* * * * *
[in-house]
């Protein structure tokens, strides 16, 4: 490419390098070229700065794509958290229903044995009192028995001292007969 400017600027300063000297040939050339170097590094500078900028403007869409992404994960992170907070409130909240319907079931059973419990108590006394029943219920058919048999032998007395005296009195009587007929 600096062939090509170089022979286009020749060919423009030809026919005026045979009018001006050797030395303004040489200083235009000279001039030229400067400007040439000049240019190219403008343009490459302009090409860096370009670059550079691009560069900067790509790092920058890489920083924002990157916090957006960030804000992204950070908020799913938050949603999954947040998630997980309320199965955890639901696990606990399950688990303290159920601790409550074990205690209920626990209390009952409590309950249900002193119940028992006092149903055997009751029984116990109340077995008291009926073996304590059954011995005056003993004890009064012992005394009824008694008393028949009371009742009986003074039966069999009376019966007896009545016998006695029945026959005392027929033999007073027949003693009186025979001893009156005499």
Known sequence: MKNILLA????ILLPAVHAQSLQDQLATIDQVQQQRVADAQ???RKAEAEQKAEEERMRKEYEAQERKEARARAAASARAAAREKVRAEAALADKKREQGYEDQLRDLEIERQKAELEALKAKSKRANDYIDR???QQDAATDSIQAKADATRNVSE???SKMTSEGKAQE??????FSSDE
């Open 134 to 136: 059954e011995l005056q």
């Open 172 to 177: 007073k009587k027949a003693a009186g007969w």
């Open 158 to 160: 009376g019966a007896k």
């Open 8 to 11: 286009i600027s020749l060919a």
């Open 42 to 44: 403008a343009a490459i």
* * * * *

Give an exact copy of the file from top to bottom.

[in-house]
């Protein structure tokens, strides 16, 4: 490419390098070229700065794509958290229903044995009192028995001292007969 400017600027300063000297040939050339170097590094500078900028403007869409992404994960992170907070409130909240319907079931059973419990108590006394029943219920058919048999032998007395005296009195009587007929 600096062939090509170089022979286009020749060919423009030809026919005026045979009018001006050797030395303004040489200083235009000279001039030229400067400007040439000049240019190219403008343009490459302009090409860096370009670059550079691009560069900067790509790092920058890489920083924002990157916090957006960030804000992204950070908020799913938050949603999954947040998630997980309320199965955890639901696990606990399950688990303290159920601790409550074990205690209920626990209390009952409590309950249900002193119940028992006092149903055997009751029984116990109340077995008291009926073996304590059954011995005056003993004890009064012992005394009824008694008393028949009371009742009986003074039966069999009376019966007896009545016998006695029945026959005392027929033999007073027949003693009186025979001893009156005499």
Known sequence: MKNILLA????ILLPAVHAQSLQDQLATIDQVQQQRVADAQ???RKAEAEQKAEEERMRKEYEAQERKEARARAAASARAAAREKVRAEAALADKKREQGYEDQLRDLEIERQKAELEALKAKSKRANDYIDR???QQDAATDSIQAKADATRNVSE???SKMTSEGKAQE??????FSSDE
């Open 134 to 136: 059954e011995l005056q």
């Open 172 to 177: 007073k009587k027949a003693a009186g007969w």
């Open 158 to 160: 009376g019966a007896k």
């Open 8 to 11: 286009i600027s020749l060919a």
């Open 42 to 44: 403008a343009a490459i």